Addis Ababa ... Meskel celebrations & beyond
Find out more about Ethiopia’s wonderful capital, from its annual Meskel celebrations to its fantastic museums.
Addis Ababa is Ethiopia's wonderful capital – a fast-evolving, modern city that was only founded just over a century ago. Despite being relatively young, this destination has much to offer travellers who are curious to discover more about Ethiopia.
Indeed, the city houses many fascinating museums and interesting buildings. Perhaps what will tell you most about Ethiopian culture, though, are the annual Meskel celebrations, which take place each September. It is during these that the city really comes to life, giving travellers the opportunity to see it at its vibrant best. What's more, the festivities are unique, making them an all the more exciting experience.
Today, we will introduce you to the Meskel celebrations, as well as a few of the city's most interesting attractions.
An annual religious holiday that's also known as the Finding of the True Cross, Meskel is celebrated nationwide in Ethiopia – the only country in the world to do so. It falls in September, and has been celebrated for approximately one and a half thousand years. So, what does Meskel actually mark?
It stems from a legend, which claims that Nigist Eleni, also known as St Helena, found the cross that Jesus had been crucified on after following guidance she had received in a dream. The dream told her to burn a pile of wood and frankincense, which gave off a vast plume of smoke, which on its descent landed where the cross had been buried.
After the cross was unearthened, it is said that pieces of it were sent to churches across the world, including one in Ethiopia – the Gishen Mariam Church. It is the finding of the cross that Meskel celebrates.
In terms of what to expect from your visit, the liveliest of the celebrations tend to take place on the eve of Meskel, with the ceremonial lighting of a fire in Meskel Square – and smaller bonfires are dotted through the rest of the city too. Yellow daisies, candles and wooden crosses are often carried by locals and visitors alike throughout the evening, with celebrations often continuing all night.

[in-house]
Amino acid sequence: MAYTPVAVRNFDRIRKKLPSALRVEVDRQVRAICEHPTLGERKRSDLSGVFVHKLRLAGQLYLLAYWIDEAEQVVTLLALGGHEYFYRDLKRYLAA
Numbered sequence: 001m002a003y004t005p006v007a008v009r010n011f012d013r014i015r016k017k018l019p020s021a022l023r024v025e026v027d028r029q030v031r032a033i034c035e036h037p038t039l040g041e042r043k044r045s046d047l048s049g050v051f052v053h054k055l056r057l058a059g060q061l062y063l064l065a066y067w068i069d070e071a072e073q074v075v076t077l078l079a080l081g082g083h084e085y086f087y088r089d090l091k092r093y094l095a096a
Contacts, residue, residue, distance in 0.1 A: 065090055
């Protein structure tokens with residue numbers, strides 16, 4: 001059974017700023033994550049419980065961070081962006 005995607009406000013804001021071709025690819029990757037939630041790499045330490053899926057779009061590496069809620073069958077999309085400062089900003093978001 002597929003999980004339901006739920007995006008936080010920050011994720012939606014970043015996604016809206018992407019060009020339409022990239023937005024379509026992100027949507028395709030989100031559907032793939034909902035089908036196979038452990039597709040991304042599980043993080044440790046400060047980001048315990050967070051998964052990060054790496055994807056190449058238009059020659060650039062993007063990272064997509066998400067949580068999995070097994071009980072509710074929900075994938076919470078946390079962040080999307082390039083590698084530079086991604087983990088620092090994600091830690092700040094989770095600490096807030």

The day of Meskel itself tends to be a quieter affair, with many locals attending church and feasting with their families, while you can expect to see many people in Meskel Square. Often, you will notice Orthodox Christians have a cross marked on their foreheads in soot – which, of course, harks back to the festival's roots.
Museum visits are an exceptionally worthwhile way to spend the rest of your time in Addis Ababa. There are several excellent options to choose from, but it is perhaps the Ethnological Museum that stands out the most.
You will find this wonderful institution tucked inside Haile Selassie's former palace, and it offers much to fascinate you before you even step inside – such as the wonky stairs stretching skywards, with each step added by the Italians to represent each year of Fascist rule.
Inside, you will discover a fabulously curated display of artefacts pertaining to Ethiopian people, starting with those relevant to childhood – such as games – and moving through to adulthood and, finally, death. Other things you can see include spectacular displays of religious art, an impressive collection of instruments, and some preserved rooms once lived in by Emperor Haile Selassie.
St George Cathedral and Museum
This impressive cathedral, where monarchs such as Emperor Haile Selassie were crowned, dates back to the early 20th century – though it was commissioned at the end of the 19th century to mark the defeat of the Italians in Adwa.
From the outside, the cathedral looks imposing and forbidding as opposed to spectacular, but inside you will find a wealth of treasures – from the beautiful ceiling to splendid paintings, including work by the celebrated artist Afewerk Tekle. Don't forget to pop into the museum, which is located in the cathedral's grounds – it displays Ethiopia's finest collection of religious artefacts.
The National Museum
Housing a collection that spans fossilised extinct creatures, ancient inscriptions, paintings and secular arts and crafts, the National Museum is full of amazing artefacts. Among the highlights are the remains of a fossilised humanoid which date back millions of years, a wide display of Ethiopian art and the excellent selection of weapons, utensils and other artefacts used in day to day lives throughout the country's history.